Pavement Management

Pavement Management is the process of managing the life cycle of roadways to maximize the pavement life and to minimize the maintenance costs. This process inventories the streets into maintainable segments followed by a survey to determine the surface condition and rideability. This process helps determine what maintenance practices should be used based on the pavement condition to help maximize the life of the roadway. This analysis is usually followed with a multi-year maintenance plan that typically extends 40 years. Condition surveys are usually conducted every 3 years so changes in road conditions can be evaluated with maintenance treatments and deterioration rates.

In Salina, Engineering estimates about 273 centerline miles of roadway. There are about 258 miles (95%) paved streets (about 149 miles asphalt and 109 miles concrete), 8 miles (3%) of brick streets and 7 miles (2%) of unimproved roads or non-paved roads. There are about 11 miles of private streets, not including alleys.

In the past, Salina has used a number of maintenance methods to help extend the life of our asphalt and concrete streets. Asphalt maintenance practices have included pavement sealing, mill and inlay, micro-surfacing and total street reconstruction. Concrete maintenance practices have included concrete patching, diamond profiling and total street reconstruction. Our brick streets have served the community well over the years, but many have been removed or have been overlaid with asphalt pavement due to sub-base stabilization problems and the wear and tear of heavier vehicles. Reconstructing brick streets is expensive. This labor intensive construction method can be twice the expense as a new concrete street.

Generally, asphalt pavement in this part of the country can last about 30-40 years with basic maintenance, which includes pothole patching, pavement sealing and micro-surfacing (a liquefied asphalt application about 1/2-5/8” thick.) Other maintenance methods can extend the pavement even further beyond this point, such as mill and inlay where the top several inches of asphalt is ground off and new asphalt is laid on top. This method works if the base and lower layer of asphalt is in good condition.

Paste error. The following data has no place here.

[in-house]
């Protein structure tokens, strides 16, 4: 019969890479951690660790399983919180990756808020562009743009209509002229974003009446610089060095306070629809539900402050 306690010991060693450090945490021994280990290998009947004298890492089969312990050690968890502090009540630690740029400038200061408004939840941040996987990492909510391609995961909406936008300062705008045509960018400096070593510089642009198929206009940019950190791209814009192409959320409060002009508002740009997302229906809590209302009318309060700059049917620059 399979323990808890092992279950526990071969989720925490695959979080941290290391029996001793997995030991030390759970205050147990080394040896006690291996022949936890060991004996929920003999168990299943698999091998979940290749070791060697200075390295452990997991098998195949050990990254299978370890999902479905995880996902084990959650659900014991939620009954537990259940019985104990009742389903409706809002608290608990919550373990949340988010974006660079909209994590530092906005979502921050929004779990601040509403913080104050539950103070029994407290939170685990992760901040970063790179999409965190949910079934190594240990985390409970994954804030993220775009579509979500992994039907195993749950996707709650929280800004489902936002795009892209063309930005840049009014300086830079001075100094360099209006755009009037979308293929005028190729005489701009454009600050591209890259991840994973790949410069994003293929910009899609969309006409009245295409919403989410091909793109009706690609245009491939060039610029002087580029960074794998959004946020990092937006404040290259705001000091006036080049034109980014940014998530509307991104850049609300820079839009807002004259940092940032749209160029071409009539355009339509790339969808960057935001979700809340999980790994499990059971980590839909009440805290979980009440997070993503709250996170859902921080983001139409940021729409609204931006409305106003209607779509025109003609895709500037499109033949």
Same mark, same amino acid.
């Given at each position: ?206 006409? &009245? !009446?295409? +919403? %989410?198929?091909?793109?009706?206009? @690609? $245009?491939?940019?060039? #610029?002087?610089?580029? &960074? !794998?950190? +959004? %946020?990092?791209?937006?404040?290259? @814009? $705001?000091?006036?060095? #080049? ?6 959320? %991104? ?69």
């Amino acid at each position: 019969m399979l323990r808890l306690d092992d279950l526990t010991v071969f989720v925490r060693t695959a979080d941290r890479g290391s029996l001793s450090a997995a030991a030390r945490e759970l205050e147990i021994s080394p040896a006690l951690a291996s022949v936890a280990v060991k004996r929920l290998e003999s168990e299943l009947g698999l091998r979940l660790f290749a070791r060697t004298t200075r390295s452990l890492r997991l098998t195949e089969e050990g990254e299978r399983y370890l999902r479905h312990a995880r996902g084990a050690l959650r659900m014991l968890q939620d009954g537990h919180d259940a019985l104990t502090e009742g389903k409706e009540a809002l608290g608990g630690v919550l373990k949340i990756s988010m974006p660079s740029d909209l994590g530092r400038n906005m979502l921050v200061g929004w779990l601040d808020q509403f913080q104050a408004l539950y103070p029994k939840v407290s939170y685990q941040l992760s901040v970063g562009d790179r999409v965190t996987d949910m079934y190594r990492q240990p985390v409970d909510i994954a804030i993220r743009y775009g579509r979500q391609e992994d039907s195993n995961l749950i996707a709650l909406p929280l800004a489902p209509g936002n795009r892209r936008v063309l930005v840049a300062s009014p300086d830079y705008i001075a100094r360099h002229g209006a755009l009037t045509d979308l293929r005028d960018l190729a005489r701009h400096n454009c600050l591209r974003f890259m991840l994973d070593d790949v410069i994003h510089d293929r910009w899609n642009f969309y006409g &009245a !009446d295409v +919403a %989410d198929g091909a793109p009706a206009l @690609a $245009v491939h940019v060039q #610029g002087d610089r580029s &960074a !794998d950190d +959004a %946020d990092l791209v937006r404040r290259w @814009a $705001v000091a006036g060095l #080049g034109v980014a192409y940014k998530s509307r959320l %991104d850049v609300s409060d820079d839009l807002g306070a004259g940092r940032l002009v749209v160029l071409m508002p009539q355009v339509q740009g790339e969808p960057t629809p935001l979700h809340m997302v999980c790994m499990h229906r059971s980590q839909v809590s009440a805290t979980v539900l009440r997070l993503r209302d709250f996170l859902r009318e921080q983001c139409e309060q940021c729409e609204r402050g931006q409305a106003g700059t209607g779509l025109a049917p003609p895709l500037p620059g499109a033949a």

In 2001, the Department of Public Works purchased a Pavement Management Software Program and contracted for a pavement condition survey. The information was used to inventory our network of streets, determine the roadway surface and provide data on surface and structural conditions. Between 2008-2010, the Public Works Department updated the CarteGraph software and the street inventory, linked the CarteGraph software to the GIS, divided the streets into 1-4 block pavement segments and installed software to track routine street improvements. 

In 2011, the City contracted with Infrastructure Management Services (IMS) of Rolling Meadows, IL to complete a detailed inventory and surface condition rating of designated City roadways. This survey provided information on the condition of each pavement segment which helps to determine what type of maintenance is required to maximize the longevity of the road, identify rehabilitation needs, develop strategies and propose a maintenance budget. The result should lower the cost of maintaining City streets over the life cycle of the pavement by strategically performing the right type of maintenance at the right time. Delaying necessary street maintenance at critical times in the life cycle of the pavement can result in more expensive types of maintenance in the future.

With limited funding resources from gas tax and sales tax to pay for street repairs, pavement condition information helps City staff prioritize the different types of maintenance options for each street segment in order to maximize the life cycle of the pavement at a minimum cost. This approach positions the City to take a more proactive approach to managing the maintenance and construction of our local transportation system. The City of Salina transportation system is valued at approximately $571M based on reconstruction at today's costs. With an annual Capital Improvement Program (CIP) Sub-CIP Street maintenance budget of between $2.4M to $3.0M each year, the $40,000 cost for the condition survey is considered a small price to pay in order to optimize our investment.

On August 19, 2013, the Department of Public Works, Engineering Work Group provided this Pavement Management System PowerPoint to the City Commission and interested parties.

On November 23, 2015, The Department of Public Works, Engineering Work Group provided this Street Funding information to the City Commission and interested parties.